There are, of course, important factors to consider about the grounds, building, and particular apartment or unit you are considering. Does it provide adequate security? Is it easily accessible, especially to persons with disabilities? Is it visually attractive? Does it provide adequate lighting, heating, and ventilation?
Find out what your obligations will be ~ financial and otherwise. Ask to see a copy of the rental or other agreement you’ll be asked to sign. Remember, different assisted living providers have different ways of structuring their fees. Some may include certain services in a combined daily or monthly rate, while others may charge separately for the same services.
And, finally, it’s important to know what you and the other residents have a right to expect. Is there a statement of residents’ rights and responsibilities? If so, ask for a copy and make sure there will be no surprises after you have made your selection.
“Activities of Daily Living” or “ADLs” are the personal tasks each person needs to accomplish on a regular basis. In an assisted environment, trained staff provide each resident with assistance in completing those ADLs he or she cannot complete independently. Examples of ADLs include: shopping; preparing and eating meals; bathing, grooming, and using the toilet; dressing; getting around and going places; cleaning house and doing laundry; taking and keeping track of medications.
“Care Planning” refers to the process of developing and keeping current a plan for providing personal care and health care services tailored to meet a resident’s individual situation.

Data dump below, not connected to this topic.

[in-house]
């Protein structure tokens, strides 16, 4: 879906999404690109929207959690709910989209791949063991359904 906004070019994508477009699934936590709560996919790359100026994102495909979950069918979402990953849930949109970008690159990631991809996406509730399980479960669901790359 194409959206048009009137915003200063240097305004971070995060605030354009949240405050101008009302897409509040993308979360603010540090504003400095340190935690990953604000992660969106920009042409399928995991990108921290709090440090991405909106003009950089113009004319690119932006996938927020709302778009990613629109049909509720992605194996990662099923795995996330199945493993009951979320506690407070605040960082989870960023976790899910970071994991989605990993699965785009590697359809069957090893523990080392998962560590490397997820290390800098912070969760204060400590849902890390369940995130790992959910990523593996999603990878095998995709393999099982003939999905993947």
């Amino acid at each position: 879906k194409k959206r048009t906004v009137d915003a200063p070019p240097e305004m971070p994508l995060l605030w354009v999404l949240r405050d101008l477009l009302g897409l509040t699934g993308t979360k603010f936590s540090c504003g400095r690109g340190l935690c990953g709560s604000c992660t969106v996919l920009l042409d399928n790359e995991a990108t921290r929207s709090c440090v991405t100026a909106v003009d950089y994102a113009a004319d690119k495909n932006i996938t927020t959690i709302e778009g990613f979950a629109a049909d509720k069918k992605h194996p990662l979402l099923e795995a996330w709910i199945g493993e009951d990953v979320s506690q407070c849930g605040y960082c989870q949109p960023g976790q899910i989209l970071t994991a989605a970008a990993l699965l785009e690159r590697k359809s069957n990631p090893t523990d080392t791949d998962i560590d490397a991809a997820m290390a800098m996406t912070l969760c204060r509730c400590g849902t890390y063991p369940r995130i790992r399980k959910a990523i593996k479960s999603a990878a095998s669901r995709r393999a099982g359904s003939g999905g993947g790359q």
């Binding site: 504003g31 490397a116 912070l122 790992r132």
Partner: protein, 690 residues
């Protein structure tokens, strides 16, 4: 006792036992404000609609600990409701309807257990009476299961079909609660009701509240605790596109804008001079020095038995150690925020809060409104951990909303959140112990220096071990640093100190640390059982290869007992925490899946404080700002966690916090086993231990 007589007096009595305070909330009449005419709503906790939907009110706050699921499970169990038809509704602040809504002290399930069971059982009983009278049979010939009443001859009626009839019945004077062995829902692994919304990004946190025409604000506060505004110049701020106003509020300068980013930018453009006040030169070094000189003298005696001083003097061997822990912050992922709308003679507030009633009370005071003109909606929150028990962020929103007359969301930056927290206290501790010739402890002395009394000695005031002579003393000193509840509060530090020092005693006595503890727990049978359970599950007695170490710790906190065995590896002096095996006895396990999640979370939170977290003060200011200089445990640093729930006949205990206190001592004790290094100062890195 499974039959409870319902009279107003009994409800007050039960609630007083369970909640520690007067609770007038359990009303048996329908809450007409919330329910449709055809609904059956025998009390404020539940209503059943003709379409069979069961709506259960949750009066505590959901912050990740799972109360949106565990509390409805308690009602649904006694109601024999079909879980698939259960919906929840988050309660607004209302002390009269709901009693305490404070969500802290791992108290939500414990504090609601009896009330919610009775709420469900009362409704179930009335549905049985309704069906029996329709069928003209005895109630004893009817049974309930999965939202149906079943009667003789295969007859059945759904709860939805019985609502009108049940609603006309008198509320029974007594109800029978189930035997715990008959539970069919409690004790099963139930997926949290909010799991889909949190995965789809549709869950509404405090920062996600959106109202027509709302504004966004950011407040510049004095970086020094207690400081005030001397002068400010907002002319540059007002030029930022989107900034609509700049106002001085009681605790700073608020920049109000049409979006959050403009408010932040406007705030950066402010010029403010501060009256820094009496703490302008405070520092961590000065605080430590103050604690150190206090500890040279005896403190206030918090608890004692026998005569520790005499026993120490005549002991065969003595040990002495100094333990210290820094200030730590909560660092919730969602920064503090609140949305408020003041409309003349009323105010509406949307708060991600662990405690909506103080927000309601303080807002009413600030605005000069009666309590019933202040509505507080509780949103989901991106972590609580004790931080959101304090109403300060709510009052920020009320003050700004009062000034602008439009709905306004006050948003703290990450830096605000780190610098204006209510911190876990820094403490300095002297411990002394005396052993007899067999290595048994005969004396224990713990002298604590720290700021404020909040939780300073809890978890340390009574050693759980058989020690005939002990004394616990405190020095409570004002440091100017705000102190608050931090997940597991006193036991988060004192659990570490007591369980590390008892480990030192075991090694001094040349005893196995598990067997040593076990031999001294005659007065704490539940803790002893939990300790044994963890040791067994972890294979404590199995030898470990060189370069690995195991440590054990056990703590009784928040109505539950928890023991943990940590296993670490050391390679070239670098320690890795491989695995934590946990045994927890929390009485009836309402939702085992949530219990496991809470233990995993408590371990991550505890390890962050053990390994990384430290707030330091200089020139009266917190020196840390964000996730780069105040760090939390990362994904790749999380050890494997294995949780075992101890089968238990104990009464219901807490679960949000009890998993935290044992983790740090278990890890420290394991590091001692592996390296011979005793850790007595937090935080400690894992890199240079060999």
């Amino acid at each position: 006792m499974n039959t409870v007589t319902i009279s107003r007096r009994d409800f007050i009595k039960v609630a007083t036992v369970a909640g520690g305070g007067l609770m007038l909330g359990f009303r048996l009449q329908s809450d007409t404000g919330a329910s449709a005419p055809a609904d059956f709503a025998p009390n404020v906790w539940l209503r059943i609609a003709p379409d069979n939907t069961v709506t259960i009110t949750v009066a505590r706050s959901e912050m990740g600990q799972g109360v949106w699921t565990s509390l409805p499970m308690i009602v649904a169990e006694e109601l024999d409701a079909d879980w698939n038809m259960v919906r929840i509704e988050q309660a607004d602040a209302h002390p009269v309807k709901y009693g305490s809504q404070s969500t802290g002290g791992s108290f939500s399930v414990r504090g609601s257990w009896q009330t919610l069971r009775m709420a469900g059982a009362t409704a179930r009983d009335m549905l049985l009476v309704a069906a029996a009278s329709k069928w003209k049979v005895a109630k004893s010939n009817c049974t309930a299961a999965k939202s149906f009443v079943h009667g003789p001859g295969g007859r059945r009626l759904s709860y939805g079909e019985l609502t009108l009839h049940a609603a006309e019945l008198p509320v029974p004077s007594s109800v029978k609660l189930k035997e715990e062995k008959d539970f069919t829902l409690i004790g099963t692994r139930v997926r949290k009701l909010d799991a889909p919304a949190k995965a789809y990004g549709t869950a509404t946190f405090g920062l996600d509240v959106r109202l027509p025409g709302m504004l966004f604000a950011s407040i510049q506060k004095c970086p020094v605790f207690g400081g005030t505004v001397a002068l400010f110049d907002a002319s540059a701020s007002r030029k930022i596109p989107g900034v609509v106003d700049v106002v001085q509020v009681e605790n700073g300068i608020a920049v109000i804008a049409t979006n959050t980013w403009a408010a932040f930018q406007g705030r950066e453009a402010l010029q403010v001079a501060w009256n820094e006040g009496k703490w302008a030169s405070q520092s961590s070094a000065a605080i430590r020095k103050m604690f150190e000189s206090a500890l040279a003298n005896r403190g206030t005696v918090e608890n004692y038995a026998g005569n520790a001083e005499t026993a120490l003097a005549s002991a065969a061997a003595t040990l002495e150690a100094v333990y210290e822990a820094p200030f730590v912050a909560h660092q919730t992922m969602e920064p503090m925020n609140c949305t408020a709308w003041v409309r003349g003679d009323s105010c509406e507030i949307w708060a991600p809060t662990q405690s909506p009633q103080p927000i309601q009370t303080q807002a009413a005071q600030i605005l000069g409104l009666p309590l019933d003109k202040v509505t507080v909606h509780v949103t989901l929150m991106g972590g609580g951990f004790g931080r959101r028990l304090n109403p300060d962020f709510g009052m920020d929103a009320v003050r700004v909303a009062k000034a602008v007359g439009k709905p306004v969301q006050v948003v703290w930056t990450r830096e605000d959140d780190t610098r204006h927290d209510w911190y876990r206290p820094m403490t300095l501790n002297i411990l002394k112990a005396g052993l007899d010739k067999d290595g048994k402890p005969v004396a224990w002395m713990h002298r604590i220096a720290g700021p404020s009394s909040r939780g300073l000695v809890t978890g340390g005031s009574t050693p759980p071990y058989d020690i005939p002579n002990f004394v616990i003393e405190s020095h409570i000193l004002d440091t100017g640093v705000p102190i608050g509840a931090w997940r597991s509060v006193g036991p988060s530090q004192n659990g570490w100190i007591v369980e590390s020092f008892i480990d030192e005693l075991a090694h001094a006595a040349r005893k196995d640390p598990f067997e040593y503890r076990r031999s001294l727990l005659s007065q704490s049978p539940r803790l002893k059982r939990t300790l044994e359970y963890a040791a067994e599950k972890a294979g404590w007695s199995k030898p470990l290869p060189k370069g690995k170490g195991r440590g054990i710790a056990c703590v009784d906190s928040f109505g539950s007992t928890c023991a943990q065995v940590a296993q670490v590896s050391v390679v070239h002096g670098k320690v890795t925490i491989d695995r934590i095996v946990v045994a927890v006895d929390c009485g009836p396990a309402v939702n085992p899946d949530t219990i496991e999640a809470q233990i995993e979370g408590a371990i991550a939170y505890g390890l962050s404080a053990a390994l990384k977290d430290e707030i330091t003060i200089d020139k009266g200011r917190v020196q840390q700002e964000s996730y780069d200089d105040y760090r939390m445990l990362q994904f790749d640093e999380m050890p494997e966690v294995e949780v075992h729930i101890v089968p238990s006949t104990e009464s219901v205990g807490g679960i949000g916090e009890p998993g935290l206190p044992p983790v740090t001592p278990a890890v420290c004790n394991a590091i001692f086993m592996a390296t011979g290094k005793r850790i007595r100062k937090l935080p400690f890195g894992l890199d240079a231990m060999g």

“Care Team” refers to the group of caregivers involved in meeting a resident’s needs. In many assisted living situations, the resident himself/herself and involved family members are considered part of the care team.
“Continuum of Care” refers to the spectrum of personal care and health care services that extends from independent living with no services to hospitalization. An assisted living residence is at the lower end of this range of options, but it should be able to help assure convenient access to higher levels of care because of its location and the transfer arrangements it has with other health care providers.
Does this assisted living residence/community . . .
. . . seem committed to a set of core values that puts the needs and interests of residents first?
. . . provide the right mix of services for your personal care and health care?
. . . offer care planning to insure that your current, as well as future, needs can and will be met?
. . . offer a varied and active program of social and recreational opportunities?
. . . have a staff that seems knowledgeable, friendly, well groomed, and professional in the way they serve the residents?
. . . have residents who seem friendly, well cared for, and as active and independent as possible?
. . . offer a building and grounds (including community rooms, hallways, elevators, stairways, and outside walkways) that are attractive, accessible, safe, and comfortable?
. . . have an available apartment/unit that meets your needs and expectations?
. . . enjoy a location that is convenient for outside activities, as well as visits by family and friends?
. . . do a good job explaining what financial and contractual obligations you will have as a resident?
An excellent additional resource is the “Resident and Family Guide to Long Term Care”, from which this information piece was taken. To order, call 800-448-5213. Or order online at www.IlluminAge.com.
Copyright 1999 IlluminAge, 206-625-9128. Reprinted from the Resident and Family Guide to Long Term Care. Provided exclusively for individual use by long term care residents and their families. All other use, reproduction, distribution or adaptation is prohibited.